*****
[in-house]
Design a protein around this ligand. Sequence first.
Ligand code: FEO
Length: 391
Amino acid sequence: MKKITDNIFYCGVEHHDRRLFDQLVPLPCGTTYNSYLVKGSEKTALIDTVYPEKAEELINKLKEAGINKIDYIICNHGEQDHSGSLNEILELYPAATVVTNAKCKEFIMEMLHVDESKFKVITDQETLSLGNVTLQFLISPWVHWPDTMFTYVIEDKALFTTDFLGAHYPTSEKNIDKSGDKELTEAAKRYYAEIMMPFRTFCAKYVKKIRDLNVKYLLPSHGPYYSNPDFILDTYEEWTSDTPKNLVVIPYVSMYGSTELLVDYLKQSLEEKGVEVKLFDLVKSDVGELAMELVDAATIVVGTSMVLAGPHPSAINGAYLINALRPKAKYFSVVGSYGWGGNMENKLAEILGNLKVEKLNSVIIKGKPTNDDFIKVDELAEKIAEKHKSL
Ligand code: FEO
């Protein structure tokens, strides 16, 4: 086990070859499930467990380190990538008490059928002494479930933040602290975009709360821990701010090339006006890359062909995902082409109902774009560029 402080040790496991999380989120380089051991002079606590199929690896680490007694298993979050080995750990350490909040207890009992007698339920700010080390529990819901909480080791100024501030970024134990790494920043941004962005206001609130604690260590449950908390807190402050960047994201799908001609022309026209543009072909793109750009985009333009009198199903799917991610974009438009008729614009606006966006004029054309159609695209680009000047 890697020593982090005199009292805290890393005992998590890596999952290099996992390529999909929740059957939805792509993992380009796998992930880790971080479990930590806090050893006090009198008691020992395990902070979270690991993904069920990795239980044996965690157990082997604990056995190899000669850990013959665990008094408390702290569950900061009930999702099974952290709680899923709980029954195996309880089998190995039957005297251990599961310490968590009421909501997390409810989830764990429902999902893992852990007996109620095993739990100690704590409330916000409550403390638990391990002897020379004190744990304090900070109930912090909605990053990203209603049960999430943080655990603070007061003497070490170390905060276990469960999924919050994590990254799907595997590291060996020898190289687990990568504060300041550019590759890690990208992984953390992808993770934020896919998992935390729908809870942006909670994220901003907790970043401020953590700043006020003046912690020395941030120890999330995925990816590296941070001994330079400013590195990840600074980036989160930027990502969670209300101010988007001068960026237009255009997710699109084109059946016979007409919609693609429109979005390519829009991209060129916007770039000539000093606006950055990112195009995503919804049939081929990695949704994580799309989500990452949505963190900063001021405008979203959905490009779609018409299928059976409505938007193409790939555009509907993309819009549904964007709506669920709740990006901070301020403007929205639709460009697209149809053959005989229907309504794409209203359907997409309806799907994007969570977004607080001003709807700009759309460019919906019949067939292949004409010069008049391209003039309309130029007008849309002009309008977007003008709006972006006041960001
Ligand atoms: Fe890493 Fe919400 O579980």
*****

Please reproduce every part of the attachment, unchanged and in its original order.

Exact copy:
[in-house]
Design a protein around this ligand. Sequence first.
Ligand code: FEO
Length: 391
Amino acid sequence: MKKITDNIFYCGVEHHDRRLFDQLVPLPCGTTYNSYLVKGSEKTALIDTVYPEKAEELINKLKEAGINKIDYIICNHGEQDHSGSLNEILELYPAATVVTNAKCKEFIMEMLHVDESKFKVITDQETLSLGNVTLQFLISPWVHWPDTMFTYVIEDKALFTTDFLGAHYPTSEKNIDKSGDKELTEAAKRYYAEIMMPFRTFCAKYVKKIRDLNVKYLLPSHGPYYSNPDFILDTYEEWTSDTPKNLVVIPYVSMYGSTELLVDYLKQSLEEKGVEVKLFDLVKSDVGELAMELVDAATIVVGTSMVLAGPHPSAINGAYLINALRPKAKYFSVVGSYGWGGNMENKLAEILGNLKVEKLNSVIIKGKPTNDDFIKVDELAEKIAEKHKSL
Ligand code: FEO
């Protein structure tokens, strides 16, 4: 086990070859499930467990380190990538008490059928002494479930933040602290975009709360821990701010090339006006890359062909995902082409109902774009560029 402080040790496991999380989120380089051991002079606590199929690896680490007694298993979050080995750990350490909040207890009992007698339920700010080390529990819901909480080791100024501030970024134990790494920043941004962005206001609130604690260590449950908390807190402050960047994201799908001609022309026209543009072909793109750009985009333009009198199903799917991610974009438009008729614009606006966006004029054309159609695209680009000047 890697020593982090005199009292805290890393005992998590890596999952290099996992390529999909929740059957939805792509993992380009796998992930880790971080479990930590806090050893006090009198008691020992395990902070979270690991993904069920990795239980044996965690157990082997604990056995190899000669850990013959665990008094408390702290569950900061009930999702099974952290709680899923709980029954195996309880089998190995039957005297251990599961310490968590009421909501997390409810989830764990429902999902893992852990007996109620095993739990100690704590409330916000409550403390638990391990002897020379004190744990304090900070109930912090909605990053990203209603049960999430943080655990603070007061003497070490170390905060276990469960999924919050994590990254799907595997590291060996020898190289687990990568504060300041550019590759890690990208992984953390992808993770934020896919998992935390729908809870942006909670994220901003907790970043401020953590700043006020003046912690020395941030120890999330995925990816590296941070001994330079400013590195990840600074980036989160930027990502969670209300101010988007001068960026237009255009997710699109084109059946016979007409919609693609429109979005390519829009991209060129916007770039000539000093606006950055990112195009995503919804049939081929990695949704994580799309989500990452949505963190900063001021405008979203959905490009779609018409299928059976409505938007193409790939555009509907993309819009549904964007709506669920709740990006901070301020403007929205639709460009697209149809053959005989229907309504794409209203359907997409309806799907994007969570977004607080001003709807700009759309460019919906019949067939292949004409010069008049391209003039309309130029007008849309002009309008977007003008709006972006006041960001
Ligand atoms: Fe890493 Fe919400 O579980």